Western blotting

The western blot steps were described previously.6,26 The special primary antibodies used in this assay are listed in Supplementary Table 2.

Immunofluorescence

The immunofluorescence assay was described previously.6,25

TUNEL staining

Paraffin-embedded tissue slides were prepared from the tumour xenografts’ DeadEndTM Fluorometric TUNEL System kit (Promega) that was applied for TUNEL staining. The experiment procedure was performed according to the paper instruction. 4,6-Diamidino-2-phenylindole was used to stain the nuclei, and the tissue slides were subjected to Olympus BX51 Epi-fluorescent microscopy under a 40× objective (FV1000-IX81, Olympus Microsystems, Shanghai, China).

Chromatin immunoprecipitation assay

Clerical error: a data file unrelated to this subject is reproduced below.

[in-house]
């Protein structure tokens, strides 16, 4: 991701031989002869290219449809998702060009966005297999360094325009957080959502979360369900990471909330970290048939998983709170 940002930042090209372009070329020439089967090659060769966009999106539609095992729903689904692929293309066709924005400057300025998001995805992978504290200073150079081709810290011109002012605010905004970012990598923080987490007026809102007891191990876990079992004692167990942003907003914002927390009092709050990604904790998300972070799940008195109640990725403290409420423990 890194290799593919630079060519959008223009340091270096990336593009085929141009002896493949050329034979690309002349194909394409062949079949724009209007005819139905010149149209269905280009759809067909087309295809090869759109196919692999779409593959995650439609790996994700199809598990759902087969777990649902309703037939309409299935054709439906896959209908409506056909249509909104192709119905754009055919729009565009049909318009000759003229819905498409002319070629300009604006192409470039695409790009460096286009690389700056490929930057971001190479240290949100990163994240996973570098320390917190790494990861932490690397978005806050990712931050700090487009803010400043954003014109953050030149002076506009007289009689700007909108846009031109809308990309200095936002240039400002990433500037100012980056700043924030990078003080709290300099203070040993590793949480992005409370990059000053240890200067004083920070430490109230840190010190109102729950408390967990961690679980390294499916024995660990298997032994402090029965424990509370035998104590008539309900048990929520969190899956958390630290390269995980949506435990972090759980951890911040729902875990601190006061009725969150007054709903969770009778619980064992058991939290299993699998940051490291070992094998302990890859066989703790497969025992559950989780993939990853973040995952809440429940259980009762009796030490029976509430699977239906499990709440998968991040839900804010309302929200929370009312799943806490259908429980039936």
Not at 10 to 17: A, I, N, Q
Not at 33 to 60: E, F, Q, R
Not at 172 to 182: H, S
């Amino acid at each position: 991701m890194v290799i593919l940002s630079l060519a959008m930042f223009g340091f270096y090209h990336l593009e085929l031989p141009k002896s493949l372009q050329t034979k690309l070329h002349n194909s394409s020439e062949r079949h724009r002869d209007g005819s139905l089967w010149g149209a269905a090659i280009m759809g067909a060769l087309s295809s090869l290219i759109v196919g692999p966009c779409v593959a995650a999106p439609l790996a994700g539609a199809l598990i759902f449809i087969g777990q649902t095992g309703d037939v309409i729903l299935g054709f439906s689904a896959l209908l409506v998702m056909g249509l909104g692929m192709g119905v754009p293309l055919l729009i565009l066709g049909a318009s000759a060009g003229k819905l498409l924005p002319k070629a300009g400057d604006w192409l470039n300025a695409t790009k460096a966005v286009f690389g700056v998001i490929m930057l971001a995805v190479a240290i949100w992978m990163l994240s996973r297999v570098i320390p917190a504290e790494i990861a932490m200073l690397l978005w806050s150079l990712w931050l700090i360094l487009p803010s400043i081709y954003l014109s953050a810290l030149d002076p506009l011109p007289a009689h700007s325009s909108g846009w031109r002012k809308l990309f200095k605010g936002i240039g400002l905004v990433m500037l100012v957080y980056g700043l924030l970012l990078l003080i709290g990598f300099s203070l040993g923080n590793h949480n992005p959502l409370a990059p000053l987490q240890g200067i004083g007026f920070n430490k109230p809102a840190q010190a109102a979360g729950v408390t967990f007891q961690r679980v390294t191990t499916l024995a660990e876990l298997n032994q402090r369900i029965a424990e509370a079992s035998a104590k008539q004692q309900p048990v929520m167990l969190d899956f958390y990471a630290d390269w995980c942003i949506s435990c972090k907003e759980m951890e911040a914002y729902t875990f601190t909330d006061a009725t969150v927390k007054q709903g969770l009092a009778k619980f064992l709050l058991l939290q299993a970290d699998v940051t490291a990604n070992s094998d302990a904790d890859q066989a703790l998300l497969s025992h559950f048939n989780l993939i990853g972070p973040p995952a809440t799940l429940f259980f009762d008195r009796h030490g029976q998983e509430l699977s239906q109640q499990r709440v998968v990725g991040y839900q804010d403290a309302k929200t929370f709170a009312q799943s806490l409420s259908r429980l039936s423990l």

The assay was performed with an EZ-Zyme Chromatin Prep Kit (Millipore), according to the manufacturer’s protocol. Anti-histone 3 modification markers’ antibodies were used to precipitate DNA cross-linked with histone 3 modification markers, respectively, and normal rabbit IgG was used in parallel as a control. Enriched DNA was then used as a template to assess the binding intensity of histone 3 modification markers to putative binding sites in the ICAM3 promoter. Primers used in this assay are listed in Supplementary Table S2.

Immunohistochemistry

Immunohistochemistry was performed on tumour tissue sections from the mice. Primary antibodies were raised against the target proteins at a 1:100 dilution overnight. The expression levels of the proteins were evaluated according to the percentage of positive cells in each tumour tissue section. The images were recorded by Olympus BX51 Epi-fluorescent microscopy under a 20× or 40× objective (Olympus Co, Tokyo, Japan).27

HDAC activity assay